The output provided by the verification algorithm fails to match with the hash of the modified data. Therefore he/she can deny the message since the integrity of the data has been compromised.

Message authentication

If the verifier confirms the authenticity of the digital signature using the sender's public key, he can be sure that the signature belongs to the sender who has the secret private key.

Non-repudiation

Since only the signer knows the signature key, he can create a unique signature from the provided data. Hence, the recipient can use the data plus the digital signature as evidence if any disagreements arise in the future.

Embedding the public key encryption to digital signatures, a cryptosystem can be created to provide four critical elements of security: 

  • Privacy
  • Authentication
  • Non-repudiation
  • Integrity

 Digital signatures for encryption

It is crucial for digital communications to exchange encrypted messages as opposed to plain texts for confidentiality purposes.

In the public key encryption system, the public key (encryption) of the sender is available in the public domain which makes it easier for anyone to spoof the identity and send an encrypted message to the receiver.

It is therefore essential for users of the public-key encryption system to implement digital signatures to ensure the authentication of messages and non-repudiation.

This is achievable by integrating the digital signature with the public key encryption system.

There are two ways to do this: 

  • Signing then encrypting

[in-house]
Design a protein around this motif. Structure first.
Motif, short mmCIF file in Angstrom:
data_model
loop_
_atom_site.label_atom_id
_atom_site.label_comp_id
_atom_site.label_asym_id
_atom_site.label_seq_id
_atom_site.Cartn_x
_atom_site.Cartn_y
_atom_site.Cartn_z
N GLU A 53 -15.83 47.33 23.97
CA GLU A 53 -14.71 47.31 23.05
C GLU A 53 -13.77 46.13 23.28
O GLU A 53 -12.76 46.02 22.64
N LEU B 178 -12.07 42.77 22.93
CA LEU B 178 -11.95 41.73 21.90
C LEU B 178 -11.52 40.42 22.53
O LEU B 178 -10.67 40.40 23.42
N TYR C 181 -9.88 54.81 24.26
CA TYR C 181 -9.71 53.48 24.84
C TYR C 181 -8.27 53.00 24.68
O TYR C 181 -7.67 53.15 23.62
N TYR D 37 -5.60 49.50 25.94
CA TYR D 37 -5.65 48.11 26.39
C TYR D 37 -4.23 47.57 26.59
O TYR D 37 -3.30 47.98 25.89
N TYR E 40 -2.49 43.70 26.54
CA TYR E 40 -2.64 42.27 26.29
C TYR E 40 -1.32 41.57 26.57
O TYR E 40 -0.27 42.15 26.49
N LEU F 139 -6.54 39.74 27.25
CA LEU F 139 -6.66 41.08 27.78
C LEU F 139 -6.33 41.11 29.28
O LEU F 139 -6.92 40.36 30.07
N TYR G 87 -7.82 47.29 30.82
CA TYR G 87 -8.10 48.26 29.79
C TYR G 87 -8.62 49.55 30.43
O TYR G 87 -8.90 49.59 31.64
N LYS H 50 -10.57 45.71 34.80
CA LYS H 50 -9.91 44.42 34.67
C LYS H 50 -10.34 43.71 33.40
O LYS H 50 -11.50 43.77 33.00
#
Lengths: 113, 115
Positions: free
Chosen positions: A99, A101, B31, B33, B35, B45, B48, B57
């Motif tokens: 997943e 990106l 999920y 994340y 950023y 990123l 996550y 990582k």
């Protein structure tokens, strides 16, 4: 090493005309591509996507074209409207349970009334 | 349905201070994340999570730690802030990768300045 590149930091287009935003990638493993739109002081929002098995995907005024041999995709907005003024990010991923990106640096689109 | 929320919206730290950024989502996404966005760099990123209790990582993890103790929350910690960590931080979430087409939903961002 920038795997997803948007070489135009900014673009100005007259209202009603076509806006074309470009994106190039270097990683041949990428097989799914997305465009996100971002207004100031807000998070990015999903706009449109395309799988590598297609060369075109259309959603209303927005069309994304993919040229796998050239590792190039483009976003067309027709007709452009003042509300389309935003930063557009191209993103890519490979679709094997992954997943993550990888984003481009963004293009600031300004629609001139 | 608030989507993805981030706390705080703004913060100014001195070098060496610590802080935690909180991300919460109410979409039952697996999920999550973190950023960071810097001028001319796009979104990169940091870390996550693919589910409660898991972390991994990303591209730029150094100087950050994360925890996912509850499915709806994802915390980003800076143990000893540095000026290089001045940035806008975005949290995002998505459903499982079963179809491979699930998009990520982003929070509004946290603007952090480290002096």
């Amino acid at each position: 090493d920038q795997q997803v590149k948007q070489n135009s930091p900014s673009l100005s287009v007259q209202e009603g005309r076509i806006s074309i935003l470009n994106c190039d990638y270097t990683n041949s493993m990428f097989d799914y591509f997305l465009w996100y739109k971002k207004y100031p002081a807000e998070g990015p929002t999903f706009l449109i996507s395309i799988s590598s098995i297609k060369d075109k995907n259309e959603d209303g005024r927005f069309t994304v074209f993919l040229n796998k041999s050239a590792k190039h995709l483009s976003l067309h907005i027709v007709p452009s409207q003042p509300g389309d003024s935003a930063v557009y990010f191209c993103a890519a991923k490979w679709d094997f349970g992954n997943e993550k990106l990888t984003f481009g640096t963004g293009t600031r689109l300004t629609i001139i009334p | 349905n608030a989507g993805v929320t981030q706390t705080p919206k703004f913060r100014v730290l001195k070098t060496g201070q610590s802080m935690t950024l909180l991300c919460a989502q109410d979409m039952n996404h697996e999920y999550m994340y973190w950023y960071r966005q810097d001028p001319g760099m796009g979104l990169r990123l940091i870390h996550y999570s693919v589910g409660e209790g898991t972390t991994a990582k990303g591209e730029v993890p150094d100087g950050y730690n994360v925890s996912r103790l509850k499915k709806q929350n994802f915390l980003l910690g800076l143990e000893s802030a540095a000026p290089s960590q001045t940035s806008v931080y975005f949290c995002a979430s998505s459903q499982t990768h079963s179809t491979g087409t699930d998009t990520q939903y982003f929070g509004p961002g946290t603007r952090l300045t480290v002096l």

• Encrypting then signing

The cryptosystem based on “signing then encrypting” is prone to spoofing attacks by the receiver whereby by spoofing the identity of the sender he/she can send that data to third parties.Hence, it is not a good idea to implement this method.

The “encryption then signing” method involves the recipient receiving the encrypted data with a digital signature on it; he/she first verifies the signature using a public key from the sender. After validating the signature, they can then retrieve the data by decryption using the private key.

Key management

The security of a cryptosystem highly depends on the protection of key management. Without the necessary security procedures involved in handling cryptographic keys, we can't enjoy the advantages of a strong cryptographic system.

Cryptographic systems are difficult to penetrate because of design. However, they are prone to attacks due to poor key management.

Cryptographic keys are unique pieces of data, and the process of key management entails the secure administration and management of cryptographic keys. In public key cryptography, there are two critical factors of key management 

  • How secret are the public keys? 

The private and public keys should remain a secret to all parties except the authorized parties and the signature owner.

  • The validity of public keys. 

In PKC, public keys exist in the public domain and viewed publicly. Therefore, one cannot be sure of the authenticity of a public key, the valid sender, or its use. Hence, the management of public keys should be a priority to ensure their authenticity.

Final Note

Due to the use of Digital signatures are the next big solution for secure communication and authentication of transactions. It is therefore vital for you as a business owner to integrate this system to ensure the security of your communications and transactions.

 

Contributor: admin